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Planning for a baby

It’s best to discuss your pregnancy plans with your doctor or rheumatology nurse specialist before conception, particularly because some of the drugs you’re likely to be taking for your arthritis may need to be changed.

This way, you'll improve your chances of having a safe pregnancy and a healthy baby.

When is the best time to have a baby?

It’s better to try for a baby while you're in a good phase with your arthritis so you can reduce the drugs you need to take. Most women with lupus who want to become pregnant should do so during a quiet phase (remission).

If you're over 35 years old it may be harder to get pregnant. If you wait until you're over 40 you may be more likely to miscarry and there’ll be a greater risk of having a baby with a condition such as Down's syndrome. These risks are not affected by whether you have arthritis.

Anyone trying for a baby should stop smoking to reduce the chance of having a small baby (due to restricted growth) and also reduce the risk of cot death. You should minimise the amount of alcohol you drink and not take any recreational drugs.

If you're overweight it’ll be harder for you to become pregnant and could make you more likely to develop diabetes during pregnancy. So try to lose some weight before you get pregnant, which will help your joints as well.

Should I stop all my drugs before becoming pregnant?

You shouldn’t stop taking prescribed drugs without talking to your doctor first. Many drugs can be continued safely in pregnancy. Your doctor will aim to prescribe the safest combination of drugs at the lowest reasonable dose that will keep your arthritis under control. This approach minimises the risk of the drugs causing problems with your pregnancy.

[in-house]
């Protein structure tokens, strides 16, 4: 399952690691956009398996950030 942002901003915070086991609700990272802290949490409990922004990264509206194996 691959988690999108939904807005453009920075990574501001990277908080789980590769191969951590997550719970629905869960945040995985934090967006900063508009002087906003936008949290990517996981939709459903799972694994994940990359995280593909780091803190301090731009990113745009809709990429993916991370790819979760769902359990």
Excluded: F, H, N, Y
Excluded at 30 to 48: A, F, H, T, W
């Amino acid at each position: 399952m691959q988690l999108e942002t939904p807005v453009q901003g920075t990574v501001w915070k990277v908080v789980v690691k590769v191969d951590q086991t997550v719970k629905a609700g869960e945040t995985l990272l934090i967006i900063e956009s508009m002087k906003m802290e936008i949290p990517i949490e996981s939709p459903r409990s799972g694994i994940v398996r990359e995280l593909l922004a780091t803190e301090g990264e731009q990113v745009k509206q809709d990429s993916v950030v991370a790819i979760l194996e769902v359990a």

Some drugs may have to be stopped before you get pregnant, for example you shouldn’t become pregnant while you’re on methotrexatecyclophosphamide or leflunomide as they can harm the unborn baby.

Some recent studies suggest that non-steroidal anti-inflammatory drugs (NSAIDs) could make it more difficult to conceive and, if taken around the time of conception, may increase the risk of miscarriage, so you might want to discuss this risk with your doctor. Paracetamol, taken in normal doses, hasn't been linked with either of these problems.

Stopping your drugs could make your arthritis worse, but your doctor will be able to advise you on drugs that you'll be able to take. You may also be able to use other pain-relief treatments, such as physiotherapy and acupuncture.

Conception and fertility problems

Your fertility isn’t likely to be affected by arthritis, but it may take longer for you to become pregnant if your arthritis is active. An increased rate of miscarriage is seen in some patients with lupus and antiphospholipid syndrome (APS).

In other patients, the disease being active and taking certain drugs (such as cyclophosphamide) are the main risk factors that make it more difficult to get pregnant. This means it’s very important to plan to get pregnant at times when your condition is under control and stop certain harmful drugs in advance. 

Does it matter if the father is taking drugs for arthritis?

Some arthritis drugs can cause problems in men trying to father a child. For instance, cyclophosphamide can reduce fertility in men. Doctors advise men to stop this drug three months before trying to father a child.

Many doctors used to advise men to stop taking sulfasalazine and methotrexate before trying to father a child. Current guidelines, however, advise that men do not need to stop sulfasalazine or methotrexate unless they have been trying to father a child for more than one year, and have been unsuccessful.

Read more about drugs, pregnancy and breastfeeding.

For more information, go to www.arthritisresearchuk.org.
Arthritis Research UK fund research into the cause, treatment and cure of arthritis. You can support Arthritis Research UK by volunteering, donating or visiting our shops.